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Computer Science - 24.05.2023
Largest study of video games reveals men say twice as much as women
Largest study of video games reveals men say twice as much as women
Researchers have found a stark gender imbalance after carrying out the largest-ever study of video game dialogue, published today. The research, published in the journal Royal Society Open Science , analysed more than 13,000 video-game characters and found that men speak twice as much as women. The study, led by Dr Stephanie Rennick at the University of Glasgow and Dr Seán G. Roberts at Cardiff University, performed the first large-scale test of gender imbalance in the dialogue of 50 role-playing video games (RPGs).

Life Sciences - Computer Science - 05.05.2023
Artificial neurons mimic complex brain abilities for next-generation AI computing
Researchers have created atomically thin artificial neurons capable of processing both light and electric signals for computing.áThe material enables the simultaneous existence of separate feedforward and feedback paths within a neural network, boosting the ability to solve complex problems. For decades, scientists have been investigating how to recreate the versatile computational capabilities of biological neurons to develop faster and more energy-efficient machine learning systems.

Computer Science - 13.04.2023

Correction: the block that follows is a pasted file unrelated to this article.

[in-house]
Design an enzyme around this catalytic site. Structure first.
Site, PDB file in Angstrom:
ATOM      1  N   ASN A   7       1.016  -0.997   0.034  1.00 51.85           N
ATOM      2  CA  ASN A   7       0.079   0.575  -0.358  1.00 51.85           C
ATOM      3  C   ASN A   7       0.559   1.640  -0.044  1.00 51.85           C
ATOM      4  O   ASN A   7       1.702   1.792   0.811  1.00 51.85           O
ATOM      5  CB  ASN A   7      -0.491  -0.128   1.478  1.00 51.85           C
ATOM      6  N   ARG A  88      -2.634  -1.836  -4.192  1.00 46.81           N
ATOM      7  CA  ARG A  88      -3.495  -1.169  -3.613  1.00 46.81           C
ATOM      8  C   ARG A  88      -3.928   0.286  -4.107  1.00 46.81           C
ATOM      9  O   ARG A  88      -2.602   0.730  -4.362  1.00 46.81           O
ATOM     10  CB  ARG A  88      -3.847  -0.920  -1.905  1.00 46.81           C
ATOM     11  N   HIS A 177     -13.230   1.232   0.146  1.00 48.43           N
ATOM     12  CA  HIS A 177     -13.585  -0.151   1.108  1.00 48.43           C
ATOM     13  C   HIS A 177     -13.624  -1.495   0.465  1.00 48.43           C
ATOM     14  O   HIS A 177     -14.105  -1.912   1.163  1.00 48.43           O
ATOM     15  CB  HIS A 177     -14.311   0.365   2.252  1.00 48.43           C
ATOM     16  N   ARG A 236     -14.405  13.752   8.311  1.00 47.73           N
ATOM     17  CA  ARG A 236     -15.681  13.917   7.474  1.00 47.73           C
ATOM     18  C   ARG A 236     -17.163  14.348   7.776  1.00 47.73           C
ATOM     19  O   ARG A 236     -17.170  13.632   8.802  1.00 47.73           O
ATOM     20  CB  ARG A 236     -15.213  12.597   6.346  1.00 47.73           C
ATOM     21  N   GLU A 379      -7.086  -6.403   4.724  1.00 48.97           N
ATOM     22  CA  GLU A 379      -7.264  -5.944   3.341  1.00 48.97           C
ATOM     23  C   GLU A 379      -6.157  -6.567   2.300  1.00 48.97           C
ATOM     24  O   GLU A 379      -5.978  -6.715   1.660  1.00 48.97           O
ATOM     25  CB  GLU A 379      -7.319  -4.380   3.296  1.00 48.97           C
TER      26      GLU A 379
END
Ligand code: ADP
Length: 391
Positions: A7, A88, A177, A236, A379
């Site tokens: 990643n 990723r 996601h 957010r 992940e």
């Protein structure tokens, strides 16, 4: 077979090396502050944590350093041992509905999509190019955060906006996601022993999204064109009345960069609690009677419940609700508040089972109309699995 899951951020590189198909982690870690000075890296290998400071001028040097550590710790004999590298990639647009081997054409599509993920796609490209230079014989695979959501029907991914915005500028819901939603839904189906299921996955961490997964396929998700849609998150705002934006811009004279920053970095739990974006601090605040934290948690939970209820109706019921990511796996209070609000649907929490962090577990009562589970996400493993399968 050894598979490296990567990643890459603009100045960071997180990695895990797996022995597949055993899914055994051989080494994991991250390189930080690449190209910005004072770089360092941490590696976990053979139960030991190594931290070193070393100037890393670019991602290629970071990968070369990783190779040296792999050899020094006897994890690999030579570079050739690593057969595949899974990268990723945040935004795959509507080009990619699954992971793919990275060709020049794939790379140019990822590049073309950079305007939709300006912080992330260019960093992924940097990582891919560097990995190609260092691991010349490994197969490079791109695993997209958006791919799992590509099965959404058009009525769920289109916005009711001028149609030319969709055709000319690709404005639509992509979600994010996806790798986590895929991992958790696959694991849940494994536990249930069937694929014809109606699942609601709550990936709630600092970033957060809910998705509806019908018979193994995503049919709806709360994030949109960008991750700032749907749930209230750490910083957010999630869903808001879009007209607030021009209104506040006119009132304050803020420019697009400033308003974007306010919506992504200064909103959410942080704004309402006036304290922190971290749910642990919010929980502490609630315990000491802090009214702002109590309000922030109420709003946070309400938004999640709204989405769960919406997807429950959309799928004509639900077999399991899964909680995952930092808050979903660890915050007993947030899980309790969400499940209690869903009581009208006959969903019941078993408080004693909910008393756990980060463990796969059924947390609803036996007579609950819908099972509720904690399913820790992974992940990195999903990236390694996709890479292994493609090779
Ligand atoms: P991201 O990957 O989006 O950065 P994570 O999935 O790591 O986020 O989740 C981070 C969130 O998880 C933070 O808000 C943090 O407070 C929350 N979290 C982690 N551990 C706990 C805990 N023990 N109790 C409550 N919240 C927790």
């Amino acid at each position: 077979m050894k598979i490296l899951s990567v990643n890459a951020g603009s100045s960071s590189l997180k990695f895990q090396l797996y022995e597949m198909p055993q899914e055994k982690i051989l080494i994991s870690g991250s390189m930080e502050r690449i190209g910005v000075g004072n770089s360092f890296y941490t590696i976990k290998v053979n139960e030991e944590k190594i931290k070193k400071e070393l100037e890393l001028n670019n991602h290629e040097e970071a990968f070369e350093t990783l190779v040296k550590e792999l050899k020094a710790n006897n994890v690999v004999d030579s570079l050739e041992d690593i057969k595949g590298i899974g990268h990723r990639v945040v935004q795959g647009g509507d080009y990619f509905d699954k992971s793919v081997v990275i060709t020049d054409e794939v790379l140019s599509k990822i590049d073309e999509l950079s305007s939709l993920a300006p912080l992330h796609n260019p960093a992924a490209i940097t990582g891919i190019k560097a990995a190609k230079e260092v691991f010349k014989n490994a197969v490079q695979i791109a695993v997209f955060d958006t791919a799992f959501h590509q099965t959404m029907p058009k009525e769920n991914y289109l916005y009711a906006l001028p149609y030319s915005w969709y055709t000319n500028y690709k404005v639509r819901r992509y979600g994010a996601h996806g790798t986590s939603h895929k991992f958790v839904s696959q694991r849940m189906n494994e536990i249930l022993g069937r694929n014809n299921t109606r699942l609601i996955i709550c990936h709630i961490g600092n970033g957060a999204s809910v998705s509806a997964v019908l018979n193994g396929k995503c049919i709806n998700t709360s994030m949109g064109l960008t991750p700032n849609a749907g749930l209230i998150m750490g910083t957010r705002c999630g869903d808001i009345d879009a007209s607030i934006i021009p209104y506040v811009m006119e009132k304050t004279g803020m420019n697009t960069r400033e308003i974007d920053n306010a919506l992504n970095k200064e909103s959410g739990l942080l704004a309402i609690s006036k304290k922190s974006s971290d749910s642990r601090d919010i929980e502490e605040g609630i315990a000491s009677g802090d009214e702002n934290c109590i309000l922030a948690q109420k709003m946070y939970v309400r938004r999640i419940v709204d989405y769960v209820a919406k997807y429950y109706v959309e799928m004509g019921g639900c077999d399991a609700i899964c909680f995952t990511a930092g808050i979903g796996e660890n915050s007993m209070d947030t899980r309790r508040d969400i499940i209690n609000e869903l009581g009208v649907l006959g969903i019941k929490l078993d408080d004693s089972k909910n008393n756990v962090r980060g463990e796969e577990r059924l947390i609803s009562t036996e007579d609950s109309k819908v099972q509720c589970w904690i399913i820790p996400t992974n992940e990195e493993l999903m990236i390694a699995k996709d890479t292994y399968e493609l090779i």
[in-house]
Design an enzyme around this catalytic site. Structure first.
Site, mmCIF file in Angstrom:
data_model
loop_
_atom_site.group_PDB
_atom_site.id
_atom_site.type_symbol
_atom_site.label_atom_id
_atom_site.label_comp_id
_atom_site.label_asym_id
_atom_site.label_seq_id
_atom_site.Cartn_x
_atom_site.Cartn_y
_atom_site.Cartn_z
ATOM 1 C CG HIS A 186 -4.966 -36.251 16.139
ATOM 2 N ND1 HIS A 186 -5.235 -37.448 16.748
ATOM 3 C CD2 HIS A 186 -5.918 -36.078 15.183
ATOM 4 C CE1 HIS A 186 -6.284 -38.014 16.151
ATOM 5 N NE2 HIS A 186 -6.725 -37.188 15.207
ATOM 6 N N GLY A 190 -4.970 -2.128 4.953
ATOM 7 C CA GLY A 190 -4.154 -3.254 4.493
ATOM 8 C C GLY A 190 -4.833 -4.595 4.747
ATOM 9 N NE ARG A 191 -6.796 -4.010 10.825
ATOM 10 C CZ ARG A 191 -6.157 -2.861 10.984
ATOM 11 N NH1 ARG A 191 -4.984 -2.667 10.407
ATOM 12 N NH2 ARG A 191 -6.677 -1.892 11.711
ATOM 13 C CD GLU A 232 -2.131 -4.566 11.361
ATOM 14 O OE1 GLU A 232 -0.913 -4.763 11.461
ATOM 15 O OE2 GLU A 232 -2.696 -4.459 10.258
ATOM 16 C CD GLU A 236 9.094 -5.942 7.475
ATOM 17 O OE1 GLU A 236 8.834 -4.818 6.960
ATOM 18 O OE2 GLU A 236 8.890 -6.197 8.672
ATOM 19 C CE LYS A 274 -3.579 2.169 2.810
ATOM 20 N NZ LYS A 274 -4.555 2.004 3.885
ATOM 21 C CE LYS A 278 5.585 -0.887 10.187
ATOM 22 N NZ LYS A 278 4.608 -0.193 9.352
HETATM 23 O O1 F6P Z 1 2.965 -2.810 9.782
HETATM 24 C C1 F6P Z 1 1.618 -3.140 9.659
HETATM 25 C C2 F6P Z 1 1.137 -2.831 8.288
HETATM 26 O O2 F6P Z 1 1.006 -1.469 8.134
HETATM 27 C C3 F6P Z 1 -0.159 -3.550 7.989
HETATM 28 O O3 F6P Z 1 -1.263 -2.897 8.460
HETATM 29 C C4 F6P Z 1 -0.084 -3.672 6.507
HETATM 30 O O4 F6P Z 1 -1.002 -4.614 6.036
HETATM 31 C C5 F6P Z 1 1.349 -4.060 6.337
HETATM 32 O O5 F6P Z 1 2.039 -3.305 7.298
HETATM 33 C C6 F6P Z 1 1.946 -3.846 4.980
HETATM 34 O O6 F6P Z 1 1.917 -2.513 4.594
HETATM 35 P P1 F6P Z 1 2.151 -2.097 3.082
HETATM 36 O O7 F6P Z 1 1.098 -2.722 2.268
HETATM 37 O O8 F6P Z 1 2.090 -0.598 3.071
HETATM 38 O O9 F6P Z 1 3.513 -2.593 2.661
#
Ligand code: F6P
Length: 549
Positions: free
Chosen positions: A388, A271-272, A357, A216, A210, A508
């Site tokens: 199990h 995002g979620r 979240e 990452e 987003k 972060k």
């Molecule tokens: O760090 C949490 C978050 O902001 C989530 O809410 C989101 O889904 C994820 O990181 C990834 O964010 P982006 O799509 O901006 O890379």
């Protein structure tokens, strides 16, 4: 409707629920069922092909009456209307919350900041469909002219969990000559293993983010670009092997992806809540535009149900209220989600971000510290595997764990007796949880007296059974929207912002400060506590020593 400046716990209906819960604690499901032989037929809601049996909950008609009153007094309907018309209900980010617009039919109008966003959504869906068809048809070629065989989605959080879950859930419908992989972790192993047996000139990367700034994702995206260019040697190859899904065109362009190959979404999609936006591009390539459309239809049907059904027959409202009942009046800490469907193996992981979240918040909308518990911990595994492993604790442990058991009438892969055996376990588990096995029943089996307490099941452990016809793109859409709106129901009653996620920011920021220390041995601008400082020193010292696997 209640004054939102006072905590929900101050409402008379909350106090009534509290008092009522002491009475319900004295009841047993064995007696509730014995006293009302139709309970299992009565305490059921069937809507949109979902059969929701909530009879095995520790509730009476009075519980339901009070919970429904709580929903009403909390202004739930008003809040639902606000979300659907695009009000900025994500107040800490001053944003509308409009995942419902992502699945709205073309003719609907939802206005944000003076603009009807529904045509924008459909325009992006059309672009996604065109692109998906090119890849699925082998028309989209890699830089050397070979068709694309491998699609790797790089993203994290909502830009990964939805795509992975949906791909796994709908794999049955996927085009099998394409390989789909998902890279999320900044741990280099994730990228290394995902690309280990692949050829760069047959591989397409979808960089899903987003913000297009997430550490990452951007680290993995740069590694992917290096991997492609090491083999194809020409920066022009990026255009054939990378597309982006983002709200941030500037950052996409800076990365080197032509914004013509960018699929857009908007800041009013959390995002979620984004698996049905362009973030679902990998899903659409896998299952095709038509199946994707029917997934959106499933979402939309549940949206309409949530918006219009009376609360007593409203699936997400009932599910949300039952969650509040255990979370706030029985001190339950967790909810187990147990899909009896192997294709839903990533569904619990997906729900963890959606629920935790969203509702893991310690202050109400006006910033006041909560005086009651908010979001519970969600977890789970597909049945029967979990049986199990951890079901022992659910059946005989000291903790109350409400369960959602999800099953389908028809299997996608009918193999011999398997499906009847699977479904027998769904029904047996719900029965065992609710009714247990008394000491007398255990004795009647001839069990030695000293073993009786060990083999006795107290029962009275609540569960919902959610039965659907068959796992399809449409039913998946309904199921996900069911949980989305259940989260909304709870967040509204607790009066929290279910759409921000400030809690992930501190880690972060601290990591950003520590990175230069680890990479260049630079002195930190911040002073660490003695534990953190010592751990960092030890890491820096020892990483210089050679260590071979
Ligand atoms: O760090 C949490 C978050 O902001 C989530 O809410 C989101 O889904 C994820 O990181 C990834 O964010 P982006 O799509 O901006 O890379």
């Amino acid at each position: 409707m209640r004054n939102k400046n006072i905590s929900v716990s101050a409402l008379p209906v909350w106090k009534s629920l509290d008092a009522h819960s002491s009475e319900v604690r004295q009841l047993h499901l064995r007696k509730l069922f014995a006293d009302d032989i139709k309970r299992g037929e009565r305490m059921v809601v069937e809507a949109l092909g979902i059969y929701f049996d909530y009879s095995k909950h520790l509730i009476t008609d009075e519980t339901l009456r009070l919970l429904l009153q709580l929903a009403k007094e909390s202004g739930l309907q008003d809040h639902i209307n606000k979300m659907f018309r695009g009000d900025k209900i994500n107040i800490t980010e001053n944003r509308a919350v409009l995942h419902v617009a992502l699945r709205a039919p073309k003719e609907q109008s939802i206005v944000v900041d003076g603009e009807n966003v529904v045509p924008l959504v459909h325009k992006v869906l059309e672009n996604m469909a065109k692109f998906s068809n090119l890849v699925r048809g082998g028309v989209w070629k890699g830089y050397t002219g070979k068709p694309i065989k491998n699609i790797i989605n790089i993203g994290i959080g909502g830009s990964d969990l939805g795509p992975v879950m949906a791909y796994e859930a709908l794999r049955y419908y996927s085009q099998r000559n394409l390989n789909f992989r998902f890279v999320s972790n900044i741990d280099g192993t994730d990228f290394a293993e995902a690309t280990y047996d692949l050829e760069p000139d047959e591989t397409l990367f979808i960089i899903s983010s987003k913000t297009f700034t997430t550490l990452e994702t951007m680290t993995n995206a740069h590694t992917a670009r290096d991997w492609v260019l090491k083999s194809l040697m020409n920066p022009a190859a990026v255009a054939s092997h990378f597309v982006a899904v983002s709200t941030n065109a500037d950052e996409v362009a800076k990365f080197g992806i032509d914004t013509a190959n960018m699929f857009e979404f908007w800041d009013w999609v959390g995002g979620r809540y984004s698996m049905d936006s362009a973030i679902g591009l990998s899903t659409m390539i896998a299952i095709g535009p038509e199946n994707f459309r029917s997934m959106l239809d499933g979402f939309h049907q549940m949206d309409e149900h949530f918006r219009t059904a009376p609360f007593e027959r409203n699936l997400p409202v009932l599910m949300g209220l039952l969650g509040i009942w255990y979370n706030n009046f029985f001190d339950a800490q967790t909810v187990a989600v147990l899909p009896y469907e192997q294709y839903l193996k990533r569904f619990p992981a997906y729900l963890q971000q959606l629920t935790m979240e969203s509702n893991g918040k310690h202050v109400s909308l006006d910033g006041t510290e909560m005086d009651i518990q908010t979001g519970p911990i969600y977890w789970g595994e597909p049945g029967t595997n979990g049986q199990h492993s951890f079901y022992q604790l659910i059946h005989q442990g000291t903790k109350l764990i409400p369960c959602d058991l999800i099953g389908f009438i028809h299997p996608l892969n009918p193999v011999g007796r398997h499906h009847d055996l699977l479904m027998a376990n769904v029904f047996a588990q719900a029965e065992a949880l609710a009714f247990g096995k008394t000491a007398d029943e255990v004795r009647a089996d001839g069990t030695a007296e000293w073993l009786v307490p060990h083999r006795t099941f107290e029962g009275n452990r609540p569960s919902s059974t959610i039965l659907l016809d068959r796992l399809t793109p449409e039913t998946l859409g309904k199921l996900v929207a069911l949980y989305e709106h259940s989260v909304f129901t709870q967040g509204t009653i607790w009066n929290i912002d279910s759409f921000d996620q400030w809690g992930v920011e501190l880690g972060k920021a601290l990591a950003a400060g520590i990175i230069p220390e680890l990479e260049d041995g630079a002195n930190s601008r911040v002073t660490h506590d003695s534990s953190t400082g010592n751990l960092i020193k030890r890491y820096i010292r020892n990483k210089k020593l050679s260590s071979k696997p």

Sharing stress data could enable new forms of mental health support
Stress data collected by wearable tech and shared between close friends could help enable new forms of mutual care for mental health, research suggests. Computing scientists from Scotland and China are behind the finding, which is set to be presented at the ACM Conference on Human Factors in Computing Systems in Germany later this month.

Innovation - Computer Science - 03.04.2023
Eye-tracking research is a peek into the future of mobile device interaction
A new study exploring how mobile devices can be controlled solely by the movements of users' eyes could offers a peek into the future of gaze-based interactions with smartphones, researchers say. Human-computer interaction specialists from universities in Scotland, Germany and Portugal have taken a closer look at how eyes can be used to control mobile devices and made a series of recommendations on how to integrate gaze-interaction into future generations of tech.

Computer Science - Environment - 07.03.2023
Phone-based measurements provide fast, accurate information about the health of forests
Phone-based measurements provide fast, accurate information about the health of forests
Researchers have developed an algorithm that uses computer vision techniques to accurately measure trees almost five times faster than traditional, manual methods. Ground-based measurements are hugely valuable, but also time-consuming. We wanted to know whether we could automate this process. Amelia Holcomb The researchers, from the University of Cambridge, developed the algorithm, which gives an accurate measurement of tree diameter, an important measurement used by scientists to monitor forest health and levels of carbon sequestration.

Health - Computer Science - 09.02.2023
Test that can identify respiratory viruses within five minutes
Scientists have developed a world-first diagnostic test, powered by artificial intelligence, that can identify known respiratory viruses within five minutes from just one nasal or throat swab. The new diagnostic test could replace current methods that are limited to testing for only one infection, such as a lateral flow test for COVID-19, or otherwise are either lab-based and time-consuming or fast and less accurate.

Environment - Computer Science - 09.01.2023